Greg accepted completely Fleay's connection of the Three/Four/Five Plays in One with Tarlton, The Seven Deadly Sins, and the Plot. He expressed this opinion in his edition of the diary (II, Item 13, p. 153); and in his book on documents such as the Plot, he laid the arguments out more fully. He raised a valuable question about how Strange's players would have gotten Tarlton's play from the Queen's men but answered himself by citing a few other Queen's plays he believed they had acquired (Friar Bacon, Orlando Furioso). He then proceeded to challenge the connection of Strange's Four Plays in One with the Plot (with an assist from Chambers's Elizabethan Stage, II.307). His arguments concern the need to date the Plot before 1592 because of the supposed quarrel between the Alleyns and Burbages, a thread that is not directly relevant to the Queen's court play, Five Plays in One, but does illustrate how tricky it is to fit all these pieces into a satisfactory argument. Greg finally decided that the Queen's Five Plays in One is not the same as the play represented by the Plot, but he retained the identification with Three Plays in One:
Surely then it is evident that we have in the Plot nothing but what it purports to be, namely the Second Part of The Seven Deadly Sins, that is presumably the original Three Plays in One. It would hardly have occurred to any one to question this had it not been for the red herring of the Four Plays in One that Fleay drew across the trail.
McMillin dissects Fleay's argument as well as Greg's. First, he challenges Fleay's attribution of Five Plays in One to Tarlton, then he challenges the math:
Fleay's basic postulate was that Tarlton's play on the Seven Deadly Sins, mentioned by Harvey and Nashe, lies behind the titles "Five Plays in One" and "Three Plays in One" listed for the Queen's men on the Court schedule for 1585. There is nothing to indicate that the Court plays were about the Deadly Sins or were written by Tarlton. There is nothing to indicate that Tarlton wrote a two-part play or that he wrote anything Called "Three Plays in One" or "Five Plays in One." There is only the arithmetical ingenuity of getting Five Plays and Three Plays to equal Seven Deadly Sins. This Fleay accomplished by imagining that Tarlton's supposed two-part play had an induction of some length, which joined to seven playlets about the sins would make eight units in all, divided into five and three for the Court performances (58-59).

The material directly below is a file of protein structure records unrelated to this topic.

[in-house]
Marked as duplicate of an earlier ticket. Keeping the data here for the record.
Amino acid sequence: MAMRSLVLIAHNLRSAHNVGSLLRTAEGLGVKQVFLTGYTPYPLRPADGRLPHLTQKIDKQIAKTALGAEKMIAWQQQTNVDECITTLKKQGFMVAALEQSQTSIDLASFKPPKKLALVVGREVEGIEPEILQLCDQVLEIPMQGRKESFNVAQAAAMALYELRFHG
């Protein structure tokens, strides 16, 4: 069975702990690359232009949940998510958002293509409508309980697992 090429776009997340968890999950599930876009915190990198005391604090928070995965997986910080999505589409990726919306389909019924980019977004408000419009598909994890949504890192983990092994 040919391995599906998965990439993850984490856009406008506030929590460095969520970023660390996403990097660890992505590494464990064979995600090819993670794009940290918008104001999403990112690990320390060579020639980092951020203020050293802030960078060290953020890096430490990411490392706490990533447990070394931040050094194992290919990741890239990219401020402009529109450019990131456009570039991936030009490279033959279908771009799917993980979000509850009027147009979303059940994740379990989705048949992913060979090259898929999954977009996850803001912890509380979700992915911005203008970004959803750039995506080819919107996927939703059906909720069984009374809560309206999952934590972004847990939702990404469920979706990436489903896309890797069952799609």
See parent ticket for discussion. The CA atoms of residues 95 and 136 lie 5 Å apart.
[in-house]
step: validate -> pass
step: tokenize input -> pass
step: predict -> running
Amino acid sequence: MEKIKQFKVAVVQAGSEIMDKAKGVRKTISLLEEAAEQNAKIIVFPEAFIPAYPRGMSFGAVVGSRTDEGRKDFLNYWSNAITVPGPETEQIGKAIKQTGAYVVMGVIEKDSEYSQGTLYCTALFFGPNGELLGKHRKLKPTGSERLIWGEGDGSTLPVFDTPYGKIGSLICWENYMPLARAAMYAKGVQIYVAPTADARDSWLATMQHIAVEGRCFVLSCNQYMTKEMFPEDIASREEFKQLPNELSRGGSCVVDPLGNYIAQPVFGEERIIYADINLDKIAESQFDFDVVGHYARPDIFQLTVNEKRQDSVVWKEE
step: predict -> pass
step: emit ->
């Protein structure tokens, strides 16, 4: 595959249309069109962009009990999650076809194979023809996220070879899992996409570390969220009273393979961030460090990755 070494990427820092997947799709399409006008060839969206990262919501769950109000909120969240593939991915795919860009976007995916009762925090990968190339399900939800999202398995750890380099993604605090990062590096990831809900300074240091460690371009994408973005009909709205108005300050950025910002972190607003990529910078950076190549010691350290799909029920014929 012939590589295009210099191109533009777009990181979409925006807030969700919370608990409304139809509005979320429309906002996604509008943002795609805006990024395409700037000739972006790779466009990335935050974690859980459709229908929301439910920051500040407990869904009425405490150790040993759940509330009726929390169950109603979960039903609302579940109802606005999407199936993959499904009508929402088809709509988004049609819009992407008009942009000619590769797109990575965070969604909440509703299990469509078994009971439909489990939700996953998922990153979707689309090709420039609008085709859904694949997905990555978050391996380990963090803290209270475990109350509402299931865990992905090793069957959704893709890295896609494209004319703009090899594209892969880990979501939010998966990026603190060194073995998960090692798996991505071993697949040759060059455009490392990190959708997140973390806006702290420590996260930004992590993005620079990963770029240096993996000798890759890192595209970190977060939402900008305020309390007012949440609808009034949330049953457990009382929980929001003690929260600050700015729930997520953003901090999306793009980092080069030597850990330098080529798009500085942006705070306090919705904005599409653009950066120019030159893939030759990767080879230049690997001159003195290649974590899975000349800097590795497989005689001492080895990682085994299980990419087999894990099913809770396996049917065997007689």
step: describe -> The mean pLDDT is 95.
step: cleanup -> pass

Pressing Fleay's claims further, McMillin points out that Fleay used the Plot of The Second Part of the Seven Deadly Sins as a precedent for the induction which makes "Five Plays in One" when subtracted from the Plot and its three playlets and reassigned to the other four playlets. McMillin then turns to Greg. He gives Greg credit for noticing that the Induction in the Plot of The Second Part of the Seven Deadly Sins "is fully integrated with the playlets that follow" (60). He notes that "Greg was in position to doubt Fleay's entire hypothesis" but he did not; he "preserved the connection between the Plot and the Five-plus-Three court performances of 1585, which happens to depend on the same mistake about the induction" (60). Greg did so, in McMillin's opinion, because of "the economy of storytelling" by which he was able to connect "the greatest names of the Elizabethan theater—Tarlton, Alleyn, Burbage, Shakespeare's fellow actors—into one story" (60).
MacMillin and MacLean call the identification of Five Plays in One with Tarlton's Seven Deadly Sins "not secure" (49). They specifically warn that Five Plays in One is "[n]ot to be confused with the extant plot of 2 Seven Deadly Sins" (92).
For What It's Worth
For slightly variant treatments of the arguments surrounding Five Plays in One, see also entries for Three Plays in One, The Seven Deadly Sins, the Plot of the Second Part of the Seven Deadly Sins, and Strange's ''Four Plays in One''. There is yet another lost play called Five Plays in One in the repertory of the Admiral's players in April 1597, but it seems not to have been absorbed into the scholarly conversation about the plays of the Queen's men (perhaps because it is marked with Henslowe's enigmatic "ne").
Site created and maintained by Roslyn L. Knutson, Professor Emerita, University of Arkansas at Little Rock; updated 24 March 2012.